If you’re anything like us, you’ll be keeping a close eye on the purse strings around about now. At this time of year, we often find we’ve overspent on days out, holidays and keeping the kids busy. But we don’t want our get-healthy plans to suffer like our bank account. That got us thinking about the best ways to eat healthily on a tight budget – and, hey presto, here are our top five wallet- friendly tips…
1. Eat the seasons
When you’re trying to reduce costs and eat healthily too, it makes sense to buy fresh produce that’s in season. You can get most things year-round in supermarkets, but check out a nearby produce market or farm shop for something different. Fresh ingredients tend to be cheaper when they’re in abundance – and they taste better too. At this time of year, look out for cheap courgettes, and use them to make this healthy lunch.
2. Buy cheap staple ingredients
Inexpensive food doesn’t have to be unhealthy. My store cupboard and freezer are packed full of all kinds of cheap staple ingredients. Lots of them are own-brand supermarket products, so I always get change from a pound, and they usually tick off more than one of my 5-a-day too. I buy cartons of chopped tomatoes for less than 40p each as they make a great base for pasta sauces or casseroles, as well as tinned lentils, chickpeas and beans, which are my go-to ingredients for bulking up soups and stews. I also stock up on frozen veg so I can use as much or as little as I want, without any waste.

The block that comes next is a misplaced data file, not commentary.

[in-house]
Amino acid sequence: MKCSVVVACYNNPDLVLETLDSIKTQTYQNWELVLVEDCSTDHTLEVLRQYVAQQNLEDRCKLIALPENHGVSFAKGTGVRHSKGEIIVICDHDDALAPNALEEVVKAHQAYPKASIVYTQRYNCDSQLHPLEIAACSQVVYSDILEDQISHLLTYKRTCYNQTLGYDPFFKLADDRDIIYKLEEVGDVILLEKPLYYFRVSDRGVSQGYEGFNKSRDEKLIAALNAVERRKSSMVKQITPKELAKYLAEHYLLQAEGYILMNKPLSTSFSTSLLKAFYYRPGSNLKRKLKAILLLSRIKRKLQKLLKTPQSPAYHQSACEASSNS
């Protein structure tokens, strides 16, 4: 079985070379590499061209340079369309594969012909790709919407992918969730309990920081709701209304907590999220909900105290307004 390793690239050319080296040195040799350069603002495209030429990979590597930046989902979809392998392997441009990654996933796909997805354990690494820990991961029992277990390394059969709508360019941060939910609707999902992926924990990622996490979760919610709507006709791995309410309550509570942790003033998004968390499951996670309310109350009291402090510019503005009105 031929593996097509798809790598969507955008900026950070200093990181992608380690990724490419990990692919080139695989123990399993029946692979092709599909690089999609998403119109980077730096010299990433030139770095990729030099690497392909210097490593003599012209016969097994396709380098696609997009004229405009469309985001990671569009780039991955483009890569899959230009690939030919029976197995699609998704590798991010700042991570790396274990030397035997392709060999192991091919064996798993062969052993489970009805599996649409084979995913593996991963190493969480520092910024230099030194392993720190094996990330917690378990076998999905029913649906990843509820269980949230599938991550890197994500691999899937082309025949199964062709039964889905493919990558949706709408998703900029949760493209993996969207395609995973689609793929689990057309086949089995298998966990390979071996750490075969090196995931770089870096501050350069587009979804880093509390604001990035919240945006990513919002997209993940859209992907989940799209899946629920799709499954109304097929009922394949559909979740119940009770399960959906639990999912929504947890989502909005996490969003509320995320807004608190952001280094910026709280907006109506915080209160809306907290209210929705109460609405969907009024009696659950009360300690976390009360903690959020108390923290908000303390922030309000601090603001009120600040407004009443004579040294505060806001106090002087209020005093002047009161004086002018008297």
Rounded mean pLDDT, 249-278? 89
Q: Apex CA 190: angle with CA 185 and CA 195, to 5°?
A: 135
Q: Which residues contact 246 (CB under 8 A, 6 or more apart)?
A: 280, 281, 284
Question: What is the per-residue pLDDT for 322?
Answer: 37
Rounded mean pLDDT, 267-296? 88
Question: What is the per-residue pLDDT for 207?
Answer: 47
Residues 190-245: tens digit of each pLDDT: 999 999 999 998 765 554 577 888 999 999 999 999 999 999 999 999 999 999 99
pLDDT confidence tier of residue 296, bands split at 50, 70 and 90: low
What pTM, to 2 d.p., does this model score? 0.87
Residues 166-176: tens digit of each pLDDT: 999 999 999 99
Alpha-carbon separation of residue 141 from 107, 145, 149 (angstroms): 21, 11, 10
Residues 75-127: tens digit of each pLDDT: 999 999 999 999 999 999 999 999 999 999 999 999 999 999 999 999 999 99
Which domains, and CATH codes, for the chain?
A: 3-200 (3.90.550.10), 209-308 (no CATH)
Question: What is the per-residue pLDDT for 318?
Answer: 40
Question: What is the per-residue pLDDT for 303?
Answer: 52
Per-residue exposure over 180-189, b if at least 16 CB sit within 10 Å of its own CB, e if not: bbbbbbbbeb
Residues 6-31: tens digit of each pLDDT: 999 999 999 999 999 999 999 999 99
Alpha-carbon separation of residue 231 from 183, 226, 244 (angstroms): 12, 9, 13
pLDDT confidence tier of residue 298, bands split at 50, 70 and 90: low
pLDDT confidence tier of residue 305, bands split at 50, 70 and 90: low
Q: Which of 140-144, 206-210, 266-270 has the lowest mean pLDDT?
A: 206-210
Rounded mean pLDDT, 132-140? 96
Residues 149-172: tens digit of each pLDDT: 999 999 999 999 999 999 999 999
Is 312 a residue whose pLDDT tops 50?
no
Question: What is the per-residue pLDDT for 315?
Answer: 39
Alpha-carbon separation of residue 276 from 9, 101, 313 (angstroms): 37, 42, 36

3. Scratch cook
Cooking from scratch can be good for your wallet and waistline. For example, a jar of creamy tomato pasta sauce can cost up to £2 and come in at around 20 SmartPoints per jar! Make your own by cooking chopped onion and garlic in calorie controlled cooking spray for 5 minutes, then adding tinned tomatoes and dried mixed herbs. Simmer for 20 minutes, then swirl in 75g low-fat soft cheese and you’ll have a tasty sauce that costs about 70p and is a cool 2 SmartPoints.
4. Plan ahead
If you regularly find yourself binning out-of-date chicken, curled up ham and wilted lettuce at the end of the week, it’s time to start menu planning. Knowing what to cook across the week helps you to shop more cost-effectively as you’ll only buy the ingredients you need. Use the weekend to plan each of your weeknight meals, and shop accordingly. Include a variety of proteins, such as fish, meat and chicken, and try to keep at least one day meat-free.
5. Love your leftovers
When a recipe serves more than one portion, freeze the rest in individual servings, marked with their SmartPoints value.
Box it up
Buy a sturdy, leakproof lunchbox with separate compartments so you can take leftovers to work for lunch.
Waste not, want not
Food scraps and trimmings can actually be used as key ingredients. For example, dropping parmesan cheese rind into the pan when making risottos or pasta sauces adds loads of flavour, and blitzing stale bread into breadcrumbs brings texture and crunch to all kind of dishes, such as this clever take on gnocchi.
It’s all good
Start ‘root-to-fruit’ eating: spiralise your broccoli stalks and add to a stir-fry, roast cauliflower leaves to toss in a salad, and clean, dry and toast butternut squash seeds for snacks.